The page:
Here are some papers that might be good for background reading:
Dan Zahavi: “The experiential self: Objections and Clarifications. ” In M. Siderits, E. Thompson, D. Zahavi (eds.): Self, no self? Perspectives from Analytical, Phenomenological, & Indian Traditions. Oxford: Oxford University Press, 2011, 56-78.
Dan Zahavi: “Is the self a social construct?” Inquiry 52/6, 2009, 551-573.
Dan Zahavi: “Self and other: The limits of narrative understanding.” In D.D. Hutto (eds): Narrative and Understanding Persons. Royal Institute of Philosophy Supplement 60.Cambridge: Cambridge University Press, 2007, 179-201.
Dan Zahavi is Professor of Philosophy and Director of the Danish National Research Foundation’s Center for Subjectivity Research at the University of Copenhagen. Zahavi writes on phenomenology and especially the philosophy of EdmundHusserl. He is co-editor of the journal Phenomenology and the Cognitive Sciences, and author of Intentionalität und Konstitution, Husserl und die transzendentale Intersubjektivität, Self-awareness and Alterity, Husserl’s Phenomenology, Subjectivity and Selfhood: Investigating the first-person perspective,Phänomenologie für Einsteiger, and (with Shaun Gallagher) The Phenomenological Mind.
Taking Pains: Plato on the Care of Self and Others
Mon. 10 Sept. 2012 12:00 noon
Hadımköy Campus, room A-306 (İbn-i Haldun Anfisi, previously known as Blue Hall)
In this paper, I analyze the relationship between ethics and politics in Plato’s thought in order to demonstrate that Plato understood this relationship to be characterized by an ineradicable element of agonism and instability. Drawing upon texts such as the Apology, Alcibiades I, Gorgias, and Symposium, as well as upon Foucault’s late works, I take the epimeleia heautou, “the care of the self,” as the organizing theme of my analysis, in order to show that this agonism has the aporetic result that, though Plato conceived of the ethics of the care both of oneself and others as the truest form of statesmanship, he was nevertheless unwilling or unable to generalize it into an unproblematic political system.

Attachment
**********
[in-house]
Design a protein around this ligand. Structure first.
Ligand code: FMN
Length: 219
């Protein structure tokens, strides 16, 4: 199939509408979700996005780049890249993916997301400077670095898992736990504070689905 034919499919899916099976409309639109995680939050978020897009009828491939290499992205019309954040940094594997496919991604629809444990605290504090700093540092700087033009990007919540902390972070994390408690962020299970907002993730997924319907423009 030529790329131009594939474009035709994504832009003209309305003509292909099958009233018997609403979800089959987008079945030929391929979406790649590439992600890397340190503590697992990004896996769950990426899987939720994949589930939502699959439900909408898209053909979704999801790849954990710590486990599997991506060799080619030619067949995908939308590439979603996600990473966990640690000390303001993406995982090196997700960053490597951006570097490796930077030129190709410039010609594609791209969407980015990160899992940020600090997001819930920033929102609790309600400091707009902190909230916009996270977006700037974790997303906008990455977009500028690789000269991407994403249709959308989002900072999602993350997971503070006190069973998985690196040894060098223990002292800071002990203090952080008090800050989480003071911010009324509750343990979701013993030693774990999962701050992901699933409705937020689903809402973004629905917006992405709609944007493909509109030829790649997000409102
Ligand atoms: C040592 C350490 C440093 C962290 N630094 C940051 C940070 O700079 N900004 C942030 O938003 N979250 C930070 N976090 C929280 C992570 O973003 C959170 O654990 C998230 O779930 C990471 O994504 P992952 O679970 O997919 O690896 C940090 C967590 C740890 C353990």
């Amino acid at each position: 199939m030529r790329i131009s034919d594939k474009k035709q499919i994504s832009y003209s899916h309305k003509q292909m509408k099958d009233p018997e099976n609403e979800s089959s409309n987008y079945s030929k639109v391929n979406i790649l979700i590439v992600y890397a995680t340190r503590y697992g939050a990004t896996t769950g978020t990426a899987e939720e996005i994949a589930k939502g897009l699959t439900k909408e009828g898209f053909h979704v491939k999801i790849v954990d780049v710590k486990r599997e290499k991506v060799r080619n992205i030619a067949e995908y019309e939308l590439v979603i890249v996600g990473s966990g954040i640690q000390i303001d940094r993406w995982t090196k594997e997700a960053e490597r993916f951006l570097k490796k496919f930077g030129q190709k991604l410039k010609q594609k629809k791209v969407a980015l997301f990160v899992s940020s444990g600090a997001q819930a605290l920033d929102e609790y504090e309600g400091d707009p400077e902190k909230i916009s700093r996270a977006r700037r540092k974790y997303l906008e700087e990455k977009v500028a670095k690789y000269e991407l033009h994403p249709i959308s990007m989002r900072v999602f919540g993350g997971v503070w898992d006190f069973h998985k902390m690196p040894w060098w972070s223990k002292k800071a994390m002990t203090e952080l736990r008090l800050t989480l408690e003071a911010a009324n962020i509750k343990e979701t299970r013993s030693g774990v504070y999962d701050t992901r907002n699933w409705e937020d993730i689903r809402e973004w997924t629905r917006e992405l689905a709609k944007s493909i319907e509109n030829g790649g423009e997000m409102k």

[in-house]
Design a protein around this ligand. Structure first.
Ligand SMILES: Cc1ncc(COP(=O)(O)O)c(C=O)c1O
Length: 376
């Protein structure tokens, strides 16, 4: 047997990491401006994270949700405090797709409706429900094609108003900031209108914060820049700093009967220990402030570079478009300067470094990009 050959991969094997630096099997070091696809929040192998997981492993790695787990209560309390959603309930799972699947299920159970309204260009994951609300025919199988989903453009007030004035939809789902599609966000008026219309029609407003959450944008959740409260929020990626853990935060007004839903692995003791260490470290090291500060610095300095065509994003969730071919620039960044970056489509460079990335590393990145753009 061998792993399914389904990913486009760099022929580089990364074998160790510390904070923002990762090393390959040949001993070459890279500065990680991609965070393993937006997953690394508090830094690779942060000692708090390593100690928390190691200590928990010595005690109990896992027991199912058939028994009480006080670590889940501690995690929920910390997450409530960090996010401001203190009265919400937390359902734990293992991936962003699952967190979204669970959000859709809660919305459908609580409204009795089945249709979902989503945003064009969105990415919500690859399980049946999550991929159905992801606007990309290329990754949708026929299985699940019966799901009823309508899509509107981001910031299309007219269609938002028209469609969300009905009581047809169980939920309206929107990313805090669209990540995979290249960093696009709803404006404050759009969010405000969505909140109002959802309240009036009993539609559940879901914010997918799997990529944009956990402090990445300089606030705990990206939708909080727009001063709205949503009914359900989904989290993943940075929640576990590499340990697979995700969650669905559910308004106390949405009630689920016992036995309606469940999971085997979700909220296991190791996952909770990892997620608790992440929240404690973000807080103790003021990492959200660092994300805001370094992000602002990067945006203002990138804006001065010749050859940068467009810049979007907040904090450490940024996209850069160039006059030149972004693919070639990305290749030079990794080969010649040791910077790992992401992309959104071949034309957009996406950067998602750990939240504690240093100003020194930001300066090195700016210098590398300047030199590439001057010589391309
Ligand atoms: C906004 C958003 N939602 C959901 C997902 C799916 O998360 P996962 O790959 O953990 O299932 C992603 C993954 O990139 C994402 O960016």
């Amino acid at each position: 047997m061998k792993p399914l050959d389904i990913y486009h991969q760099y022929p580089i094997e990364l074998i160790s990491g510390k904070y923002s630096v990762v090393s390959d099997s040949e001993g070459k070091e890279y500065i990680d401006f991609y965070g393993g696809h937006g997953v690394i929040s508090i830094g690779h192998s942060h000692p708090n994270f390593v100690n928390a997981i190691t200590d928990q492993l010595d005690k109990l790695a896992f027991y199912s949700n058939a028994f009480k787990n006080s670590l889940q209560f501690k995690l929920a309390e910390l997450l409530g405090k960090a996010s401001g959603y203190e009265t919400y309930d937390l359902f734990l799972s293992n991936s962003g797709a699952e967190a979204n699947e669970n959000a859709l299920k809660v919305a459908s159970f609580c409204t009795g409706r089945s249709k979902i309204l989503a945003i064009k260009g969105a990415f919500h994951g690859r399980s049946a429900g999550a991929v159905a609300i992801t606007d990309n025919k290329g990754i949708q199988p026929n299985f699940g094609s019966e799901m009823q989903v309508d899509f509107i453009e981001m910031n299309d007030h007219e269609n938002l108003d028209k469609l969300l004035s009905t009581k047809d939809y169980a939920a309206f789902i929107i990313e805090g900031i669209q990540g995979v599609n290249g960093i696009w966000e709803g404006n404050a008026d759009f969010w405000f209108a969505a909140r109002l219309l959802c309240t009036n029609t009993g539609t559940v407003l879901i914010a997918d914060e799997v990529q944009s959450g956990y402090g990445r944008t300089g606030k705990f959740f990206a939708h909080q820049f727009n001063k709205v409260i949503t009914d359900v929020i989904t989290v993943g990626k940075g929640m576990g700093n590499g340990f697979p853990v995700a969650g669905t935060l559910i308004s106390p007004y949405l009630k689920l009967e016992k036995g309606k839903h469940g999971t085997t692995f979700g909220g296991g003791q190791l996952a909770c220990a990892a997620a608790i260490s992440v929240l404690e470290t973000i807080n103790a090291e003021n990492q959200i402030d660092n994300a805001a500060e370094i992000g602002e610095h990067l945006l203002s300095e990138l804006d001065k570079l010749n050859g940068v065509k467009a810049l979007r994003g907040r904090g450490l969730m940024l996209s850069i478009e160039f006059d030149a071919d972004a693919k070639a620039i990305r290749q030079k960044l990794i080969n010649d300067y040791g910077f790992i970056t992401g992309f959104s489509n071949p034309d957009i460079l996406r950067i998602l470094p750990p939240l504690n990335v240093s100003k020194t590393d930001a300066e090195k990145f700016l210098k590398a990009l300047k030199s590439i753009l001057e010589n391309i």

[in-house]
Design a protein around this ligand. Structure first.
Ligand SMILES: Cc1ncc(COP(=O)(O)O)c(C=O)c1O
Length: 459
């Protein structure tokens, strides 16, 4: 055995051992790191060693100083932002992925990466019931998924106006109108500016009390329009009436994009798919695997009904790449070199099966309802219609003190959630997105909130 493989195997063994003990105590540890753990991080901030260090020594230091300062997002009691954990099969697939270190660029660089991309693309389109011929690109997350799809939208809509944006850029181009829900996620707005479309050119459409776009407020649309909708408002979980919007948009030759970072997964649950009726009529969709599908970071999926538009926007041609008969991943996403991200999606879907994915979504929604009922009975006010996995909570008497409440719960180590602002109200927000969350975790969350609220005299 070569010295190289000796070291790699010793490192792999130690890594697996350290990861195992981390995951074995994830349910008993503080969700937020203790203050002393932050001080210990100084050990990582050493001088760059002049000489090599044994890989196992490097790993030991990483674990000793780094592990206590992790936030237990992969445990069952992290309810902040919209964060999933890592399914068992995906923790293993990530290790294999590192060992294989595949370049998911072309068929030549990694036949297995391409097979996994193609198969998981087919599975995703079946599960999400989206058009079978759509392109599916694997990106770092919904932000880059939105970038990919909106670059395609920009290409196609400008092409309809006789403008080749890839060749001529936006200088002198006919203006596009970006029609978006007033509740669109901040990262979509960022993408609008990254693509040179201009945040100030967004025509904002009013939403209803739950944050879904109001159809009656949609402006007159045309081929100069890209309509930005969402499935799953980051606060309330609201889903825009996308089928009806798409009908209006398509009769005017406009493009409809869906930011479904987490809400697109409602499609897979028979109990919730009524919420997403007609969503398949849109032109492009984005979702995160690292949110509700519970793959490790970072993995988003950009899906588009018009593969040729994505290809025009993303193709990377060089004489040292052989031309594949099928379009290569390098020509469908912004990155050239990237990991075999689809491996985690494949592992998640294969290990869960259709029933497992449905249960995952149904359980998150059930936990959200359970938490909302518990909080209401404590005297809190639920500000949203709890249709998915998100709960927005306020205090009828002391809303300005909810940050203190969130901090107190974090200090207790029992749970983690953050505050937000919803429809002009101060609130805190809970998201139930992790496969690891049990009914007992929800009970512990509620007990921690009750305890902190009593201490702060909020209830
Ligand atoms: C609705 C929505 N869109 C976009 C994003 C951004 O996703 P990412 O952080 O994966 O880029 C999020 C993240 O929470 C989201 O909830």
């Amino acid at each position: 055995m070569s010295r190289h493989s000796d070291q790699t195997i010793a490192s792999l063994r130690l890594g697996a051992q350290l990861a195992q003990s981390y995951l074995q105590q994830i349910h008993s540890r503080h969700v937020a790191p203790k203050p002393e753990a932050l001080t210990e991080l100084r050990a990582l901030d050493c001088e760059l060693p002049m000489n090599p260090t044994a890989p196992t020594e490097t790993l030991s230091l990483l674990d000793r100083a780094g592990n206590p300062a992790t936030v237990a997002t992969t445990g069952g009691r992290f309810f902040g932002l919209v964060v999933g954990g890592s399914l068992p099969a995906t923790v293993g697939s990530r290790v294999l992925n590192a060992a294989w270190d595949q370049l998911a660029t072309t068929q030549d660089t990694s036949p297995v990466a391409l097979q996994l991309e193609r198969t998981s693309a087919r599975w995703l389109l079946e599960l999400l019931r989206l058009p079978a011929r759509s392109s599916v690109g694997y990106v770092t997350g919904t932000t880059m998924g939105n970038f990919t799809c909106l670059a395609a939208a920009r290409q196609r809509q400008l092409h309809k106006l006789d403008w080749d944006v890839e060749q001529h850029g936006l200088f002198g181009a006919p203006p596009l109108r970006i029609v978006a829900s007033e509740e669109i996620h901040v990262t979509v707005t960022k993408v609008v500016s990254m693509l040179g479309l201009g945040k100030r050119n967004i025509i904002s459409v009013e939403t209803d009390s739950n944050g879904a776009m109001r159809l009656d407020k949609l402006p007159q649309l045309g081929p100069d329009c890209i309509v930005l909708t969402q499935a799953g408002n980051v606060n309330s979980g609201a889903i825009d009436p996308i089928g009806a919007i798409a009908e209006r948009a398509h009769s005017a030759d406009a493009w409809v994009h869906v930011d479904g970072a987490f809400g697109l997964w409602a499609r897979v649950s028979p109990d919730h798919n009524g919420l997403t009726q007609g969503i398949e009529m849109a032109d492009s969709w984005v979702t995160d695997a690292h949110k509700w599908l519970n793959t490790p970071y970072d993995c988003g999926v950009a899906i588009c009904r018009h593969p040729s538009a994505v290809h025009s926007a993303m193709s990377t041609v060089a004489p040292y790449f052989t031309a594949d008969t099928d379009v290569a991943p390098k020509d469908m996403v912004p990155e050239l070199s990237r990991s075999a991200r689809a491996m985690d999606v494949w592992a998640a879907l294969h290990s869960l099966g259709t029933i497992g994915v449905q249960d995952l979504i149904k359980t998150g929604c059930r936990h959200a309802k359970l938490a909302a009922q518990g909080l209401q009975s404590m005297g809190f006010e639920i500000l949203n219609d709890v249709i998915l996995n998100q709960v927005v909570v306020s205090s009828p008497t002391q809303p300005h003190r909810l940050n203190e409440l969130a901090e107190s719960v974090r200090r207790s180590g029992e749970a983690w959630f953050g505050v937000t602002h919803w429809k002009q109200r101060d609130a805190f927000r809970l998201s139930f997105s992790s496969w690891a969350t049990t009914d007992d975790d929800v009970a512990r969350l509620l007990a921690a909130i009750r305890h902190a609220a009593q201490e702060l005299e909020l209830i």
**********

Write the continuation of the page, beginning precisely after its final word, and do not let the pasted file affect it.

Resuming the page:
How to reach us:
By public transport: Thankfully, the metrobus extension has been completed. Direction TÜYAP, get off one stop before terminus (misleadingly called Hadımköy), take the blue bus 418 or the yellow (sometimes green or red and white) HT18 towards Hadımköy (ca. 15 min. to Fatih Kampüsü)
By car: leave the TEM at Hadımköy gişeleri, turn right and follow the signs for Fatih Üniversitesi
Ulric Neisser, an American psychologist and one of the founders of cognitive psychology died last month. Neisser’s life, including his major contributions to the revolution of the study of the human cognition is well documented; see for instance, the NY Times obituary and the Mind Hacks blog. My intention is not to replicate what has appeared elsewhere but to add to it by focusing on Neisser’s later work in ecological psychology, more specifically, his interdisciplinary research on the self which has guided the content and methodology of my own work. I take this as an opportunity to remember him, with the added hope of sparking the interest of those less familiar with his later work.
Behaviourism dominated the scientific study of the mind in the first half of the 20th century. Behaviourists declared that psychology should not attempt to address internal mental events and mechanisms but should focus on the observable markers of cognition, such as stimuli, responses, and the consequences of these responses. Despite its contribution to the development of rigorous experimental techniques and to the domain of learning, behaviourism was limited in explaining many interesting dimensions of human cognition, such as the development of language.